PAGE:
The purpose behind this past December’s seminar was to deepen issues relating to the Danish choreographer, by setting up brief, but intense, encounters of a historical and didactic nature. Amongst the aspects dealt with were Bournonville’s style and his methodological choices; the great value of certain forms of instruction such as mime; issues such as keeping up the style by continuing to stage certain ballets, and reconstructing yet others thanks to those scholars who have brought life back to carefully-annotated manuscripts in the Library of the Royal Theatre.
We saw before us two generations, in an exchange certain to produce fresh developments: Miss Vessel, who leads the School, and there taught both Miss Bojesen and Mr. Lund, traced back, with a wealth of recollections, what Bournonville represented in the past, while Miss Bojesen and Mr. Lund, amongst the most respected heirs to the Bournonville tradiction, stand for its future.
The lessons in technique, given by Miss Vessel and Mr. Lund, and then demonstrated by the latter alongside Miss Bojesen, focused upon the rather simpler enchaînements –complex though they seemed to our eyes – from Bournonville’s Monday, Tuesday and Wednesday schools, that being the form in which Hans Beck chose to set down the master’s exercises, according to the Days of the Week. Mr. Lund, in extraordinary form, and with text-book placement, performed, inter alia, the so-called “dark step”, which owes its name to the blind terror it has struck into generations of dancers, on account of its intricate and very extensive batterie. Miss Bojesen demonstrated the step known as “The Rose”, and then led the group of participants.
Of most particular interest was the mime section. Passages from the Sylphide (the Window Scene, and the Sylph’s death), and from A Folk Tale (Hilda and the Trolls) were first explained in words, and then demonstrated, arousing, in the first instance, keen emotion amongst the public, and the second, amused curiosity. It is no everyday occurrence on stage for a dancer to identify so strongly with his personage that the concept reach the public as though by enchantment, but that is precisely what took place here.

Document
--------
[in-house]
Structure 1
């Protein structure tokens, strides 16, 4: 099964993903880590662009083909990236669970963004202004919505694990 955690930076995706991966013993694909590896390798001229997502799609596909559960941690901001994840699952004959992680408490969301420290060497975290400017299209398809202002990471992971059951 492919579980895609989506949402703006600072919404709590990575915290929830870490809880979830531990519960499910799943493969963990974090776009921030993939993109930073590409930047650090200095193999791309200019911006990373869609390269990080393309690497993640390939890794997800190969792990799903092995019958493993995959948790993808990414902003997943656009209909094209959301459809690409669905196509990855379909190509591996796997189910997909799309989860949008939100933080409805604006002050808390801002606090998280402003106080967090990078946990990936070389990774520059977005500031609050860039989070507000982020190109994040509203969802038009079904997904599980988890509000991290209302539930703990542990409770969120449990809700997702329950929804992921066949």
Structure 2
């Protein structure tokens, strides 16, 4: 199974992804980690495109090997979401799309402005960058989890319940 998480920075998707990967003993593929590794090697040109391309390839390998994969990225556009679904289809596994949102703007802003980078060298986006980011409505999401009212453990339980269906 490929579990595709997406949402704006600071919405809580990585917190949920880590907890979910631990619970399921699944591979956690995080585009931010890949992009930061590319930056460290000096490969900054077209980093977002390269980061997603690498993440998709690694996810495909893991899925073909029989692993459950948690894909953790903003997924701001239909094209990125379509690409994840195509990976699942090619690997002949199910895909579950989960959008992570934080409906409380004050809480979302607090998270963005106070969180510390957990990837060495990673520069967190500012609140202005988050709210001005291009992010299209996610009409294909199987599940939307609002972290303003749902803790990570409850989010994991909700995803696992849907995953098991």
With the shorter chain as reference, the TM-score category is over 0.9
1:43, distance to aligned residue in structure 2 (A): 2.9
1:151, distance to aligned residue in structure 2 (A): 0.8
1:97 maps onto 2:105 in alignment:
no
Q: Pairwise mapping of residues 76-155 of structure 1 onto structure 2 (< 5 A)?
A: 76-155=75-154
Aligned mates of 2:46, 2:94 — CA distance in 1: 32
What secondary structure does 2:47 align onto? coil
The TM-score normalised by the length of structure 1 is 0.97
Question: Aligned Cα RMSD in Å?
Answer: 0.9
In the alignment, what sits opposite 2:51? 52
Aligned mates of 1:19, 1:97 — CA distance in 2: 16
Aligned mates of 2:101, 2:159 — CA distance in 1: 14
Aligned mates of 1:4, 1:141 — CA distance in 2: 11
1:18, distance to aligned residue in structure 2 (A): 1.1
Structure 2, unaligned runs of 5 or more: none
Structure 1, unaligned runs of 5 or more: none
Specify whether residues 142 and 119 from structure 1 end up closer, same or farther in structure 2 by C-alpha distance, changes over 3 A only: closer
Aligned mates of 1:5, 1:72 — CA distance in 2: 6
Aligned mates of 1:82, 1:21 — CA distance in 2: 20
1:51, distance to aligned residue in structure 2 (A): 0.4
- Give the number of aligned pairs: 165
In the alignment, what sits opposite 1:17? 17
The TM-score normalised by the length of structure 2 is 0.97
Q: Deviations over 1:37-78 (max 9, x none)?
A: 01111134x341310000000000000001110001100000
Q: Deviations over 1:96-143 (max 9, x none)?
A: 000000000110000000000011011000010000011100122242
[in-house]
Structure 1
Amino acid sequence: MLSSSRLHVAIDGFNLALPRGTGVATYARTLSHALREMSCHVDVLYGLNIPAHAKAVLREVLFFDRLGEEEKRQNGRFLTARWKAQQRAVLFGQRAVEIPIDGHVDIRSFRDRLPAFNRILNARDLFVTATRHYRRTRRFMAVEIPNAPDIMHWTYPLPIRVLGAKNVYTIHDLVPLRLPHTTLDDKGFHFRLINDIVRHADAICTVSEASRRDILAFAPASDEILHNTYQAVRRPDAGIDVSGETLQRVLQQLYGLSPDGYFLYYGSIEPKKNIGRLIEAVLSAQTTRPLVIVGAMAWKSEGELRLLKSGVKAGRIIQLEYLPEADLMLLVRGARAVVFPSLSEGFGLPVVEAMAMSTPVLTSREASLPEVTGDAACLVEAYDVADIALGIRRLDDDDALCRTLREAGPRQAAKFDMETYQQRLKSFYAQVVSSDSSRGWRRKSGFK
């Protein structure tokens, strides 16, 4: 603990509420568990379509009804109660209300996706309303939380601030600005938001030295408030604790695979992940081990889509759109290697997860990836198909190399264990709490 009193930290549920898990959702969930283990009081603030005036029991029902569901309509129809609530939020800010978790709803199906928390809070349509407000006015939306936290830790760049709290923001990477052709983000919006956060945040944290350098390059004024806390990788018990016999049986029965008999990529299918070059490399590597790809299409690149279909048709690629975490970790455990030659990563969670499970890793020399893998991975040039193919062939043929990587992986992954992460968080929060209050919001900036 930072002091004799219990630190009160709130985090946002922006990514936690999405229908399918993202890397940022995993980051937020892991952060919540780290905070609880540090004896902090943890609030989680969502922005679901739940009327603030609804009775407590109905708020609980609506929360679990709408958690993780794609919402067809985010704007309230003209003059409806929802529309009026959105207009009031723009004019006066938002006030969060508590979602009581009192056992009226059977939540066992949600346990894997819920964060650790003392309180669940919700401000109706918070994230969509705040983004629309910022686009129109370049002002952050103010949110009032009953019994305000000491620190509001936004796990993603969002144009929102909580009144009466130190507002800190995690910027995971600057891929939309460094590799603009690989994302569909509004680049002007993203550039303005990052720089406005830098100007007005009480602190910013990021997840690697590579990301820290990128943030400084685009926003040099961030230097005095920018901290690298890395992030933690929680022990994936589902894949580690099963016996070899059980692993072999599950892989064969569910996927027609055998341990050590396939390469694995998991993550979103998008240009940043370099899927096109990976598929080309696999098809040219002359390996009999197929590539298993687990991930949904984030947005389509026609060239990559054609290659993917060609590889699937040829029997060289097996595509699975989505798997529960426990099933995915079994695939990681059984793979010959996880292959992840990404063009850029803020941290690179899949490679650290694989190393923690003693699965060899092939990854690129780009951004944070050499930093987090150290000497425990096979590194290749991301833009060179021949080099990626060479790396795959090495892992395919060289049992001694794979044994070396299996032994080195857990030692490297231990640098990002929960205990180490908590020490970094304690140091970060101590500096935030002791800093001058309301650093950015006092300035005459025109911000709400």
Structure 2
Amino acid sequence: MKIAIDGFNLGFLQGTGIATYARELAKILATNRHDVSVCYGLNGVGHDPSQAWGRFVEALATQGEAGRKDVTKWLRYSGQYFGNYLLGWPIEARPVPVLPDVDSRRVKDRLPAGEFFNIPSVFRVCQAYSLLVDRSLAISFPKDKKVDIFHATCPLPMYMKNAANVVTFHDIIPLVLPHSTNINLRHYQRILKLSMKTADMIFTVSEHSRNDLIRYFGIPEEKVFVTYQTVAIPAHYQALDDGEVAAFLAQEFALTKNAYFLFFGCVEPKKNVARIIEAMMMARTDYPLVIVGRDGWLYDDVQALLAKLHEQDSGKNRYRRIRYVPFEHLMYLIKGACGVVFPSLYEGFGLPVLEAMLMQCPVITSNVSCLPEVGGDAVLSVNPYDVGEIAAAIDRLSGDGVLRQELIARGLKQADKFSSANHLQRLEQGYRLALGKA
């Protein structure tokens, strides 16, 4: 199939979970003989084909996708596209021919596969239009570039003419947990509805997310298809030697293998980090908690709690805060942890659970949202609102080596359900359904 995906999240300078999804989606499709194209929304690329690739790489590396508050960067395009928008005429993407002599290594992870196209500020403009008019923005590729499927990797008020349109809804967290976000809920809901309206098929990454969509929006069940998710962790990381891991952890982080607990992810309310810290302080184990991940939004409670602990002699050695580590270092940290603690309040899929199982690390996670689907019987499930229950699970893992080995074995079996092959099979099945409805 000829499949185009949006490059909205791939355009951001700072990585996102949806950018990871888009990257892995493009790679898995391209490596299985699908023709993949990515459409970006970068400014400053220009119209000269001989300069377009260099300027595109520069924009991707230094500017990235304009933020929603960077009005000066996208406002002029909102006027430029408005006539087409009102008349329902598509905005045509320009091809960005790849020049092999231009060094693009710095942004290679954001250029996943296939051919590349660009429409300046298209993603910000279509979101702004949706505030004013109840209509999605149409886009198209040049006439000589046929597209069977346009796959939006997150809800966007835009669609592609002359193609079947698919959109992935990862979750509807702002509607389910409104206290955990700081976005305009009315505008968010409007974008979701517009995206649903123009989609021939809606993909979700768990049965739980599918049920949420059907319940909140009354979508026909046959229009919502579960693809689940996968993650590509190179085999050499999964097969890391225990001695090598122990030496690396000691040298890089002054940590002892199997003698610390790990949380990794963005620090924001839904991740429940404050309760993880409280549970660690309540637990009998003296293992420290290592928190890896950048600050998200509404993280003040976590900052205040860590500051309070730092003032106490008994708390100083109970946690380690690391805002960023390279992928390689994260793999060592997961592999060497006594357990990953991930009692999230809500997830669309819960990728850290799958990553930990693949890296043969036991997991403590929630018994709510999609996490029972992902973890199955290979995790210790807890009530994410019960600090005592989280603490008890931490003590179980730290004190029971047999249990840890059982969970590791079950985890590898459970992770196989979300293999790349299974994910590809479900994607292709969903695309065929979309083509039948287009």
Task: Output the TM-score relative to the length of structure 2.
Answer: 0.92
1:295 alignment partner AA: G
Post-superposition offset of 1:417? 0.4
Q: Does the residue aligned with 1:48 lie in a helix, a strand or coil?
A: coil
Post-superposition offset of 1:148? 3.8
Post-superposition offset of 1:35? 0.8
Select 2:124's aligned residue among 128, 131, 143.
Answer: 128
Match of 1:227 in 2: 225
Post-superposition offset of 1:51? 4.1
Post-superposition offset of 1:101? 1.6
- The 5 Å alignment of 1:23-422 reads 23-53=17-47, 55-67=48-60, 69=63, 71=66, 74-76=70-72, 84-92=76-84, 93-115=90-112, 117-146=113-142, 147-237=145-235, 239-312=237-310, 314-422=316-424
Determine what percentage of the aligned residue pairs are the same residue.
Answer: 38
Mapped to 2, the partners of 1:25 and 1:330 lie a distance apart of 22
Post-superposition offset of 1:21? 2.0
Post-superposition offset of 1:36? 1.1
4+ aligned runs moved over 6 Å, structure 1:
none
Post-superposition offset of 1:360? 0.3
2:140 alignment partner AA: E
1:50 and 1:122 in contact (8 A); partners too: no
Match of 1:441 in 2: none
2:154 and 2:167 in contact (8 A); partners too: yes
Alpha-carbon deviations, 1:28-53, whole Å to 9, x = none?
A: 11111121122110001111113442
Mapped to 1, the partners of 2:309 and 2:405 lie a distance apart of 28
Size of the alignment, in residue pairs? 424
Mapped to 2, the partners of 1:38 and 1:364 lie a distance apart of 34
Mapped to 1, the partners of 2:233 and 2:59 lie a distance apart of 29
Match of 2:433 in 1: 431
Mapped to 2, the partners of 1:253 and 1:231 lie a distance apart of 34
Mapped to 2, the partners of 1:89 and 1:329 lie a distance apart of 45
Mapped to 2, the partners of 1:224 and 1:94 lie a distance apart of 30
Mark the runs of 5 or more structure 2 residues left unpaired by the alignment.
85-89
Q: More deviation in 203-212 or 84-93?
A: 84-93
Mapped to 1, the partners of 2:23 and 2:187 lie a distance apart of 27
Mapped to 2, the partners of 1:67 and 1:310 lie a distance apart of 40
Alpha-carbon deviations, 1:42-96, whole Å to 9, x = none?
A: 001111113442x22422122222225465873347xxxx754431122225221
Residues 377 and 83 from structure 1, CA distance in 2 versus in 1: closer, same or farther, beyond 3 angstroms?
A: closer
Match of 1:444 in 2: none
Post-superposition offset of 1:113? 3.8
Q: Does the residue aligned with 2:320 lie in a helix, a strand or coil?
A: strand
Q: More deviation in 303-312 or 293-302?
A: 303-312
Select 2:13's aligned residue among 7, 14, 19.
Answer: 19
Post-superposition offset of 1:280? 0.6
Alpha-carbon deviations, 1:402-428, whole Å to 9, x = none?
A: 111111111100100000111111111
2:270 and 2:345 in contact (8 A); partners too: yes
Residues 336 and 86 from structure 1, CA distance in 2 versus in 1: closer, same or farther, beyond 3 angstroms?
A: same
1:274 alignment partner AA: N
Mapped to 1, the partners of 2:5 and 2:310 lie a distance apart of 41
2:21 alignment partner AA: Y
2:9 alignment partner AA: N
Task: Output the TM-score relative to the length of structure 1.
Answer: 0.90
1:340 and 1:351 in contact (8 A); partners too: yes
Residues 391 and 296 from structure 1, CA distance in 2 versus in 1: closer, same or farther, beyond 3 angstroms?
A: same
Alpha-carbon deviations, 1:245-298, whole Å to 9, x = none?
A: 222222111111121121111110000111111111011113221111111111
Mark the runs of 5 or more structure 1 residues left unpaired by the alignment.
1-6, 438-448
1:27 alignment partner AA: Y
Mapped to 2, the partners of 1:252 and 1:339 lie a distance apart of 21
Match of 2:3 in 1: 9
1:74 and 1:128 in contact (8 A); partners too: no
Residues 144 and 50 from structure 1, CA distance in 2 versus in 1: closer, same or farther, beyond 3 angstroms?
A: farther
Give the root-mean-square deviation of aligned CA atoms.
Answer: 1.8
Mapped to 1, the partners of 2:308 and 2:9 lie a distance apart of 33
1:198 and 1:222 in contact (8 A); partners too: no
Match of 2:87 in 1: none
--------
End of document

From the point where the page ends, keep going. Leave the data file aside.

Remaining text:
The final event was a Round Table, entitled “Bournonville – a journey through recollection and re-creation”, being a report on the current state of the tradition, in the light both of earlier, and more recent, reconstructions. In respect of other well-known versions, such as Peter Schaufuss’ Sylphide (well known here in Italy), the Danish guests views were most instructive, revealing as they did, considerable critical acumen.
The pianist Julian Thurber was a little less optimistic as to the future, with regard to attempts such as The Legend of Thrym (1868), which Elsa Marianne Von Rosen had reconstructed for the Royal Theatre in 1990. In point of fact, it was Mr. Thurber who made a rehearsal-version of the score, so as to “propose, to the people doing the staging, a musical framework that they might find inspiring”, given what he described as a “dreadfully old-fashioned story”. That being said, as Mr. Thurber’s own playing evoked, from the J.P. Hartmann score, the minutest details of characterisation, one did get the impression that the staging had been very worthwhile nevertheless.
Extremely rare film by Peter Elfelt, dating back to 1902-1906 was also shewn, where one can observe the lightning-swift artistry of people like Hans Beck. The finale to the seminar was an exhilarating Jockey Dance, from one of Bournonville’s last pieces, From Siberia to Moscow (1876), a crack of the whip that shot us straight back to the present, with Mr. Lund and Miss Bojesen in riding boots, jockeys in a wild steeple-chase.
The whirlwind vivacity of the chase did not suffice to put away the image of serene calm painted by the two artists earlier, in the Flower Festival at Genzano, as they danced it at the seminar’s opening.